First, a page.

After the Supreme Court nullified his ‘victory’ in 2017, Uhuru called judges wakora, said the Judiciary needed to be fixed and would be revisited
Is Uhuru revisiting Judiciary as promised?
An analysis of petitions filed against the BBI and the Nairobi assembly reveals a judiciary acting without precedent or in competition with its own decisions.
• A perusal of court document’s this writer has obtained speaks volumes of how the Judiciary seems to have been cowed into silence
It seems that what appeared to be a casual threat by President Uhuru Kenyatta after the nullification of the 2017 presidential election is coming to pass.
It is playing out with finesse and impunity if recent happenings in the Judiciary are anything to go by.
At the time of nullification, the President warned “we shall revisit” [this ‘problem’ with the Judiciary]. He called the justices wakora, crooks.
Now the Judiciary has literally been reduced to a state-controlled puppet with neither the capacity to bark nor bite. Nothing illustrates this better than events after the March, 9, 2018, handshake.
First, the powers that be seem to clearly know where and how to cripple the Judiciary. The constitutional and human rights division of the High Court, for instance, has been reduced to a state puppet.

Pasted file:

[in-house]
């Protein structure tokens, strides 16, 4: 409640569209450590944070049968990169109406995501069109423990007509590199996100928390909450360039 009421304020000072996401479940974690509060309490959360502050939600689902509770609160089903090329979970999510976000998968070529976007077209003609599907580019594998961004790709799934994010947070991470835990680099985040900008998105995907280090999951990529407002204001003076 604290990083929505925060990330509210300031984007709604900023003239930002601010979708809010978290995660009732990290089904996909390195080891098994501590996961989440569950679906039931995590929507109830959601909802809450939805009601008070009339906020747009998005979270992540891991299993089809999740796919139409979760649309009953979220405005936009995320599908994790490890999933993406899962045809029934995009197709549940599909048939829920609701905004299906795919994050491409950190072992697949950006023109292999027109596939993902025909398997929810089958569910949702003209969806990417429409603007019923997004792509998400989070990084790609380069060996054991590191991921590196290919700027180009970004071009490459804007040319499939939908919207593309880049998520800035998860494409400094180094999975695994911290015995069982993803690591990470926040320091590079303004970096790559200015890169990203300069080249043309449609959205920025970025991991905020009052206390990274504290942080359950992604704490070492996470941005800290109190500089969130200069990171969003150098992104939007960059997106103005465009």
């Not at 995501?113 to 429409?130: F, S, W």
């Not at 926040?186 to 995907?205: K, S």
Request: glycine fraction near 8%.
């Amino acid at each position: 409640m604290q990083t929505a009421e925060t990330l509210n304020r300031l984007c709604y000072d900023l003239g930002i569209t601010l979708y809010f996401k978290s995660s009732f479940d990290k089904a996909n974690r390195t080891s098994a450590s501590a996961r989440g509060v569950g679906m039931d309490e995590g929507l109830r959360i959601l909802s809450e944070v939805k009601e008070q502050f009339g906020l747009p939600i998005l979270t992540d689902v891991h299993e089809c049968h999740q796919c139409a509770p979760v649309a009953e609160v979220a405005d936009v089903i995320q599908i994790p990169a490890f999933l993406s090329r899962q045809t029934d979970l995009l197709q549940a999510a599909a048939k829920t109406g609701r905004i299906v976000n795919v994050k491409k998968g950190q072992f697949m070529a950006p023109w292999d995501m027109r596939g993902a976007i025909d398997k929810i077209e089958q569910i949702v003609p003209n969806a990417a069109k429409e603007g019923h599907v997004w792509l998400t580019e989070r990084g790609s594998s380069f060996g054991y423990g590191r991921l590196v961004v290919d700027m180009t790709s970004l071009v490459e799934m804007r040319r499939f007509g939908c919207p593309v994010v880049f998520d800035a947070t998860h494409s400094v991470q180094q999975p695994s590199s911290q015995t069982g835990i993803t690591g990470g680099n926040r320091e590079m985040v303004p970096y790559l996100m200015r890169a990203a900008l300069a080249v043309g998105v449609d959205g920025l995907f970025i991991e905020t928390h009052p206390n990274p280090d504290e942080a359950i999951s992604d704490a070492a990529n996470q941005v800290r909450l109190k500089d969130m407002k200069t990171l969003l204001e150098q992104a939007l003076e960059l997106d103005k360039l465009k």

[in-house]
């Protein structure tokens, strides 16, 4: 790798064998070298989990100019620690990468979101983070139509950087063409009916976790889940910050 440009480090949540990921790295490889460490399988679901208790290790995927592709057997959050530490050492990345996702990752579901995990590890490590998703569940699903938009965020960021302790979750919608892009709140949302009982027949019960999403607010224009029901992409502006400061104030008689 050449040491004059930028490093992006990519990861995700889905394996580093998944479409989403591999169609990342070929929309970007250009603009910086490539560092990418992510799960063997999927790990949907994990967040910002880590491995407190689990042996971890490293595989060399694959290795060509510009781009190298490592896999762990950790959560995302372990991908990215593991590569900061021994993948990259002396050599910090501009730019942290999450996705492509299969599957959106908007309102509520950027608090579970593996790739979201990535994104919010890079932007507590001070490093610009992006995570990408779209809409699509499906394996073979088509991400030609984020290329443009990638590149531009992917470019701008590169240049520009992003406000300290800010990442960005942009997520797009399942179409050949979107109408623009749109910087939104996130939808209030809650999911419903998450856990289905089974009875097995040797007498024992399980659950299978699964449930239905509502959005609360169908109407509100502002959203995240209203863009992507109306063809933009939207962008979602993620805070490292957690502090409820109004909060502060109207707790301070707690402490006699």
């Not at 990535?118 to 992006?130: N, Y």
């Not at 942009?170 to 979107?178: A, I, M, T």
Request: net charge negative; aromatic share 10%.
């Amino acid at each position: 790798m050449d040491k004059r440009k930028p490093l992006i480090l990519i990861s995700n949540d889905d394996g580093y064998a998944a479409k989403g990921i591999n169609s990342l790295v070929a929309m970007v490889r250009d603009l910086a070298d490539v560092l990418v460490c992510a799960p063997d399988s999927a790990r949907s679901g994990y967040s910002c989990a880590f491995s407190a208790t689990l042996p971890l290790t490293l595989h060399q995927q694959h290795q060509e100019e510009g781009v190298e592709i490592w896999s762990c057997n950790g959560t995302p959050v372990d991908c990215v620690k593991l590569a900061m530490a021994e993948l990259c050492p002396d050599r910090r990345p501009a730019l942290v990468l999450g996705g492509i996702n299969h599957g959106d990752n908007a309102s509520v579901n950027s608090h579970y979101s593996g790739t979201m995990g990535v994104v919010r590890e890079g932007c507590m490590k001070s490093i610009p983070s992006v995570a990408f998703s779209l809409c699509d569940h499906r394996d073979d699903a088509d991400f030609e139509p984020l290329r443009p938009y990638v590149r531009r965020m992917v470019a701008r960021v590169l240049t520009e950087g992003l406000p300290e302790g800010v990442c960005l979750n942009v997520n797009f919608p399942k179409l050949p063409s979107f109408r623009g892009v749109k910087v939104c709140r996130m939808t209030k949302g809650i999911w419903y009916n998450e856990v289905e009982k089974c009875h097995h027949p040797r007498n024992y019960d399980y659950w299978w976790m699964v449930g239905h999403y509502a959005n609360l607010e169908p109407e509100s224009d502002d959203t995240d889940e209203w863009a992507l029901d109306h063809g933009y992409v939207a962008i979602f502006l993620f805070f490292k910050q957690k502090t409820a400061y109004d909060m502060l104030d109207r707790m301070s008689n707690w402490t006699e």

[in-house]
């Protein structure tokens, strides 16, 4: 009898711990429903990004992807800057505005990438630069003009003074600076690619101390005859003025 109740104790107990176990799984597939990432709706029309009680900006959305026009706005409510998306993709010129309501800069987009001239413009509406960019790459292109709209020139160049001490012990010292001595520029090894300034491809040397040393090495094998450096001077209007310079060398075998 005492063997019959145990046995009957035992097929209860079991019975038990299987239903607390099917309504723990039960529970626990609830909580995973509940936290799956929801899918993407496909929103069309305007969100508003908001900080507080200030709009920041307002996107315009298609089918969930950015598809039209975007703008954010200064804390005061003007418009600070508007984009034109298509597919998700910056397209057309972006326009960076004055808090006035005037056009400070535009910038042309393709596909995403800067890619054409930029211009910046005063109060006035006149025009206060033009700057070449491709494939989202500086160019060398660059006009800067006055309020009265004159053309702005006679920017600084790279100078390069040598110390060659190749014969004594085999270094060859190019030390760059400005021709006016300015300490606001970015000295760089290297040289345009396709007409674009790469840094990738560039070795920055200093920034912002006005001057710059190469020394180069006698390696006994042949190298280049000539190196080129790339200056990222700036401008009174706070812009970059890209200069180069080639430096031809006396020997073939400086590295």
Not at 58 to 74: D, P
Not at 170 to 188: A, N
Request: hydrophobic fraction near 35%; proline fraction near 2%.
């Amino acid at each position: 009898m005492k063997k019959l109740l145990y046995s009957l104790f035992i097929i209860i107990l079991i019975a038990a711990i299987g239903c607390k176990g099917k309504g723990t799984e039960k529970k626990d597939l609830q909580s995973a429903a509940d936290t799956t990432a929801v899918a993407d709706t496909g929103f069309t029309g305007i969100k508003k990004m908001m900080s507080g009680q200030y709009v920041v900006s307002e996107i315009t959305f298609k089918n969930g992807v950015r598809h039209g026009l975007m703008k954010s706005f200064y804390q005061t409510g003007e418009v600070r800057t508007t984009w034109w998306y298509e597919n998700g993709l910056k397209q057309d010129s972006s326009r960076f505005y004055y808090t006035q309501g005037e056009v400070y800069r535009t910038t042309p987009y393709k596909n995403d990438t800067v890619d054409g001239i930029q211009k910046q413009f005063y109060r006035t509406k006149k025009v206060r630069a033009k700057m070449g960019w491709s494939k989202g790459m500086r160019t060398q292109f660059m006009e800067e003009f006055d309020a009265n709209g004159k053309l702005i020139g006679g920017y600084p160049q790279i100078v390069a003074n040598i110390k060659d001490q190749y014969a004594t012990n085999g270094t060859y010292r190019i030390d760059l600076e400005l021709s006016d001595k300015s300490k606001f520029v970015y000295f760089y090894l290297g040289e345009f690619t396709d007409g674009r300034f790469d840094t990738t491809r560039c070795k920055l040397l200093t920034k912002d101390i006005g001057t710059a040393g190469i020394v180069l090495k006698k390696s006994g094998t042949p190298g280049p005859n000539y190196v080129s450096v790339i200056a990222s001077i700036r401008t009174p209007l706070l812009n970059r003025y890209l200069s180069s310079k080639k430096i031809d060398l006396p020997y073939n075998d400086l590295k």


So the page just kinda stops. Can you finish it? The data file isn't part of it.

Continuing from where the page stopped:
An analysis of petitions filed in that division against the Building Bridges Initiative and the Nairobi county assembly reveals a judiciary acting without precedent or in competition with its own decisions.
Although the division certified all matters as urgent, and all judges acknowledged in most of the cases that the petitioners raised weighty constitutional issues, these matters have not been heard in good time.
None of them has been able to secure any orders against the state or BBI process.
A perusal of court document this writer has obtained speaks volumes about how the Judiciary seems to have been cowed into silence, and into a scheme of unacceptable connivance with the state.
A few examples suffice.
Let us start with the most recent, the petitions filed against Anne Kananu, who has since been sworn in as Nairobi Deputy Governor. There are a total of 11 cases either petitioning her vetting or the swearing-in.